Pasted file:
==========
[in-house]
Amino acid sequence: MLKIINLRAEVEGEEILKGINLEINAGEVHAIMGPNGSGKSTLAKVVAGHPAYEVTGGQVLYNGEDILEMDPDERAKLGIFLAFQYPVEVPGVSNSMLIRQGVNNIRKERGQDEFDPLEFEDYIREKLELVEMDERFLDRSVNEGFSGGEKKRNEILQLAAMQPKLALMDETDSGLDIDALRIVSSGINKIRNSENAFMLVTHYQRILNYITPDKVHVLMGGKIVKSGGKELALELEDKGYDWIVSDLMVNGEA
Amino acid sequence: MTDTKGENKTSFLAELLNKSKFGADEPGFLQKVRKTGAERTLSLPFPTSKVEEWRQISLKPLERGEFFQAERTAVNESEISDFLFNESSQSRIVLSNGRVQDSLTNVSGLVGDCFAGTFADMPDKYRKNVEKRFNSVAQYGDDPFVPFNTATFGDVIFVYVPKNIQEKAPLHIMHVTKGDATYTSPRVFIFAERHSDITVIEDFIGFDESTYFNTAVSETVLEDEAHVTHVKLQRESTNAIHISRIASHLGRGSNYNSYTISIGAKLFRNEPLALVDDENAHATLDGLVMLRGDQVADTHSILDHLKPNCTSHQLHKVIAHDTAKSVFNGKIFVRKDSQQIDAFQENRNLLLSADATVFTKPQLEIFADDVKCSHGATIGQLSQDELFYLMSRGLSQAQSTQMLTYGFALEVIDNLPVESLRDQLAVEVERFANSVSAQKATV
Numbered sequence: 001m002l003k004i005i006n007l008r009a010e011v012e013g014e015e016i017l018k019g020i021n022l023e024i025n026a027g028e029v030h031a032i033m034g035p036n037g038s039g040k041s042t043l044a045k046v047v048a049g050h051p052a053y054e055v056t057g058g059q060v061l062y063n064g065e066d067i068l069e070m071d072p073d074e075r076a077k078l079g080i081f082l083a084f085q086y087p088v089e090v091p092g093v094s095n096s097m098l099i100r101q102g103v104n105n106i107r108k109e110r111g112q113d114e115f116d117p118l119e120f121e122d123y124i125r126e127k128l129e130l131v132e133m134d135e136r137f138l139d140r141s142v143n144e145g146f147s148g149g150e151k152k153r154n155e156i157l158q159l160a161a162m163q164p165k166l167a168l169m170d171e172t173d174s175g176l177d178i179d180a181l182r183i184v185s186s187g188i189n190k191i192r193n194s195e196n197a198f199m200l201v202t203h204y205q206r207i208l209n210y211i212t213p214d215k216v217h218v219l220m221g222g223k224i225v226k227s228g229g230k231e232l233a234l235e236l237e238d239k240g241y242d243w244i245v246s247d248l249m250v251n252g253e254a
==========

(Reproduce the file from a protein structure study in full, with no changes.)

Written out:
[in-house]
Amino acid sequence: MLKIINLRAEVEGEEILKGINLEINAGEVHAIMGPNGSGKSTLAKVVAGHPAYEVTGGQVLYNGEDILEMDPDERAKLGIFLAFQYPVEVPGVSNSMLIRQGVNNIRKERGQDEFDPLEFEDYIREKLELVEMDERFLDRSVNEGFSGGEKKRNEILQLAAMQPKLALMDETDSGLDIDALRIVSSGINKIRNSENAFMLVTHYQRILNYITPDKVHVLMGGKIVKSGGKELALELEDKGYDWIVSDLMVNGEA
Amino acid sequence: MTDTKGENKTSFLAELLNKSKFGADEPGFLQKVRKTGAERTLSLPFPTSKVEEWRQISLKPLERGEFFQAERTAVNESEISDFLFNESSQSRIVLSNGRVQDSLTNVSGLVGDCFAGTFADMPDKYRKNVEKRFNSVAQYGDDPFVPFNTATFGDVIFVYVPKNIQEKAPLHIMHVTKGDATYTSPRVFIFAERHSDITVIEDFIGFDESTYFNTAVSETVLEDEAHVTHVKLQRESTNAIHISRIASHLGRGSNYNSYTISIGAKLFRNEPLALVDDENAHATLDGLVMLRGDQVADTHSILDHLKPNCTSHQLHKVIAHDTAKSVFNGKIFVRKDSQQIDAFQENRNLLLSADATVFTKPQLEIFADDVKCSHGATIGQLSQDELFYLMSRGLSQAQSTQMLTYGFALEVIDNLPVESLRDQLAVEVERFANSVSAQKATV
Numbered sequence: 001m002l003k004i005i006n007l008r009a010e011v012e013g014e015e016i017l018k019g020i021n022l023e024i025n026a027g028e029v030h031a032i033m034g035p036n037g038s039g040k041s042t043l044a045k046v047v048a049g050h051p052a053y054e055v056t057g058g059q060v061l062y063n064g065e066d067i068l069e070m071d072p073d074e075r076a077k078l079g080i081f082l083a084f085q086y087p088v089e090v091p092g093v094s095n096s097m098l099i100r101q102g103v104n105n106i107r108k109e110r111g112q113d114e115f116d117p118l119e120f121e122d123y124i125r126e127k128l129e130l131v132e133m134d135e136r137f138l139d140r141s142v143n144e145g146f147s148g149g150e151k152k153r154n155e156i157l158q159l160a161a162m163q164p165k166l167a168l169m170d171e172t173d174s175g176l177d178i179d180a181l182r183i184v185s186s187g188i189n190k191i192r193n194s195e196n197a198f199m200l201v202t203h204y205q206r207i208l209n210y211i212t213p214d215k216v217h218v219l220m221g222g223k224i225v226k227s228g229g230k231e232l233a234l235e236l237e238d239k240g241y242d243w244i245v246s247d248l249m250v251n252g253e254a